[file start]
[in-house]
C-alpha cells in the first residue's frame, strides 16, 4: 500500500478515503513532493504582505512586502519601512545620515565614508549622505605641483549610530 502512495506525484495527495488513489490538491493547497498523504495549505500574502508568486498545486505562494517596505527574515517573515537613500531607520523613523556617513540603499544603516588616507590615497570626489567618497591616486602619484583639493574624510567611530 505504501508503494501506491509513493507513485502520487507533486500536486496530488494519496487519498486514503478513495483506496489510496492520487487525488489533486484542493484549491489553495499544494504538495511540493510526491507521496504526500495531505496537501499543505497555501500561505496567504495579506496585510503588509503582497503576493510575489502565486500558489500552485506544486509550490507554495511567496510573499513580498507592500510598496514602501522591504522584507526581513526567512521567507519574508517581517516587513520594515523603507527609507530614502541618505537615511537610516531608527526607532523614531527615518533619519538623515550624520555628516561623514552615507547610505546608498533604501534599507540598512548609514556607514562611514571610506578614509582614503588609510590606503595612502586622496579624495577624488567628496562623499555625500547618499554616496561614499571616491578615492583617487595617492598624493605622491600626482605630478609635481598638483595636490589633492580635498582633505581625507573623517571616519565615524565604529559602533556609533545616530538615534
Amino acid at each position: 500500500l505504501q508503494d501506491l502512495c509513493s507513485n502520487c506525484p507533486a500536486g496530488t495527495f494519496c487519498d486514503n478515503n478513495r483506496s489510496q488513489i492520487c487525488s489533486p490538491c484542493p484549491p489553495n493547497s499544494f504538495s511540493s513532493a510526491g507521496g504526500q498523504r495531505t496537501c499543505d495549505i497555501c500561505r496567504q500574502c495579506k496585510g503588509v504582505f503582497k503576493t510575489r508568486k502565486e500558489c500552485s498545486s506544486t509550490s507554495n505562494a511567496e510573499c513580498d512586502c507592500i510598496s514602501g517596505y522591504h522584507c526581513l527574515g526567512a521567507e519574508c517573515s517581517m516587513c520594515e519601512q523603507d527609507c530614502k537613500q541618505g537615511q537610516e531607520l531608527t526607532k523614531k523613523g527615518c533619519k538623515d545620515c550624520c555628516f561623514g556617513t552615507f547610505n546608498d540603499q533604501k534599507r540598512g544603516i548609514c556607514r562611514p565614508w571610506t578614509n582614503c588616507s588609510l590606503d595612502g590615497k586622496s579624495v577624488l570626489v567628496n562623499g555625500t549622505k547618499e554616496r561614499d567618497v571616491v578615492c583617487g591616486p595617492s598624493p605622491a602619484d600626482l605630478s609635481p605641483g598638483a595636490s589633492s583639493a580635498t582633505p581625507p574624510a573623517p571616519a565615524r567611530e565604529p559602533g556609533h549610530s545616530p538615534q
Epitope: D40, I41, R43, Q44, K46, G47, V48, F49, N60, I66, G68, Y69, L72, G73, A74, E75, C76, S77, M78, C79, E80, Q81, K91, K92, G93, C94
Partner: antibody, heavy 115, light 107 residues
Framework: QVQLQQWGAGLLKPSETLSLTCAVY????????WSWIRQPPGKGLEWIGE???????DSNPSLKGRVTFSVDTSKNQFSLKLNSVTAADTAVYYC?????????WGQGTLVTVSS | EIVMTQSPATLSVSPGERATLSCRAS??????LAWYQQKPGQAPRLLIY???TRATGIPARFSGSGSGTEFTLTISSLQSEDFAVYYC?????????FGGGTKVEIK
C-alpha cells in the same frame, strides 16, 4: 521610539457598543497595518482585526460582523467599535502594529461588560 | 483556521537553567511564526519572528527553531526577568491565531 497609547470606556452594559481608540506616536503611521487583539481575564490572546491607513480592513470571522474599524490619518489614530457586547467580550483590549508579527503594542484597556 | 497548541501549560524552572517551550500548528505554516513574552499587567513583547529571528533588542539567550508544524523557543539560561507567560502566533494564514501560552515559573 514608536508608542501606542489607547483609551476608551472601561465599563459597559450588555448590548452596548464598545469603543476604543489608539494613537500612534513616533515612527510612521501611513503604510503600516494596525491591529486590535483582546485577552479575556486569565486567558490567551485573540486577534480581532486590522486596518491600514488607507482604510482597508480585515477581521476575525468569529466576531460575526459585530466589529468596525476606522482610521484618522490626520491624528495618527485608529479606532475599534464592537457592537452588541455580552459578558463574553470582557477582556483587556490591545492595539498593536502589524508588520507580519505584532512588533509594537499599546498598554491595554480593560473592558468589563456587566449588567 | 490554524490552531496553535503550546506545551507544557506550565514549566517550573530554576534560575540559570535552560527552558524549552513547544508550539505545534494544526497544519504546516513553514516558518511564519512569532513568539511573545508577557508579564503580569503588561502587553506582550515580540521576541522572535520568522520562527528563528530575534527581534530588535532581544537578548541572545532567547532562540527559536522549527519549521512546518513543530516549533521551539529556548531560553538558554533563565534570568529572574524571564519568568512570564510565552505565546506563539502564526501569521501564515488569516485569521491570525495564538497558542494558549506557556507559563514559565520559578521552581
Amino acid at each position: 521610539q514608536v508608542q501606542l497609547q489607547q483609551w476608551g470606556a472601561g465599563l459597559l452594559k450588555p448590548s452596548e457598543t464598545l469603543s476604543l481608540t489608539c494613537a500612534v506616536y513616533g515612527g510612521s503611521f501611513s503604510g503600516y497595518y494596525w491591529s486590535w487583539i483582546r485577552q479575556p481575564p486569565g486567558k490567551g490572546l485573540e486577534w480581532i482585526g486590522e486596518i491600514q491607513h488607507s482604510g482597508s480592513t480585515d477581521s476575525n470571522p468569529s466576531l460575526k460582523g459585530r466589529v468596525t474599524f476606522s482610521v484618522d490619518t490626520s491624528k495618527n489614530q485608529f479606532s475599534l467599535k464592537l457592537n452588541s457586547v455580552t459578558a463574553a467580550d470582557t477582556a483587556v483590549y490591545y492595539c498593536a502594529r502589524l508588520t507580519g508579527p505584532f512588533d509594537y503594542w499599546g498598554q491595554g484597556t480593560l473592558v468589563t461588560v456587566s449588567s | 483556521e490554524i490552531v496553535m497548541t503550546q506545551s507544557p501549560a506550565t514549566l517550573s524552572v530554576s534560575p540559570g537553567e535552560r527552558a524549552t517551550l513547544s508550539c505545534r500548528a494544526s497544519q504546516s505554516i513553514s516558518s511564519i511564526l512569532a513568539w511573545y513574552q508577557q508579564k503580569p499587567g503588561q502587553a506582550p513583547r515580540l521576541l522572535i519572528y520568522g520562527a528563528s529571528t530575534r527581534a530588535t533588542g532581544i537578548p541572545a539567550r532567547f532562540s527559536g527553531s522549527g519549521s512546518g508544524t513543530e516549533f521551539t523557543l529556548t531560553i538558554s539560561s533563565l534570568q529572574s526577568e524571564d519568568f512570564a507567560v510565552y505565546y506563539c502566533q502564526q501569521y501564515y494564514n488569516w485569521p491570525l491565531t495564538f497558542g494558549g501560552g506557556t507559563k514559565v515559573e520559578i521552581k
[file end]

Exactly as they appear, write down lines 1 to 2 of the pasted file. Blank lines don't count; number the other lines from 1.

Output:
[in-house]
C-alpha cells in the first residue's frame, strides 16, 4: 500500500478515503513532493504582505512586502519601512545620515565614508549622505605641483549610530 502512495506525484495527495488513489490538491493547497498523504495549505500574502508568486498545486505562494517596505527574515517573515537613500531607520523613523556617513540603499544603516588616507590615497570626489567618497591616486602619484583639493574624510567611530 505504501508503494501506491509513493507513485502520487507533486500536486496530488494519496487519498486514503478513495483506496489510496492520487487525488489533486484542493484549491489553495499544494504538495511540493510526491507521496504526500495531505496537501499543505497555501500561505496567504495579506496585510503588509503582497503576493510575489502565486500558489500552485506544486509550490507554495511567496510573499513580498507592500510598496514602501522591504522584507526581513526567512521567507519574508517581517516587513520594515523603507527609507530614502541618505537615511537610516531608527526607532523614531527615518533619519538623515550624520555628516561623514552615507547610505546608498533604501534599507540598512548609514556607514562611514571610506578614509582614503588609510590606503595612502586622496579624495577624488567628496562623499555625500547618499554616496561614499571616491578615492583617487595617492598624493605622491600626482605630478609635481598638483595636490589633492580635498582633505581625507573623517571616519565615524565604529559602533556609533545616530538615534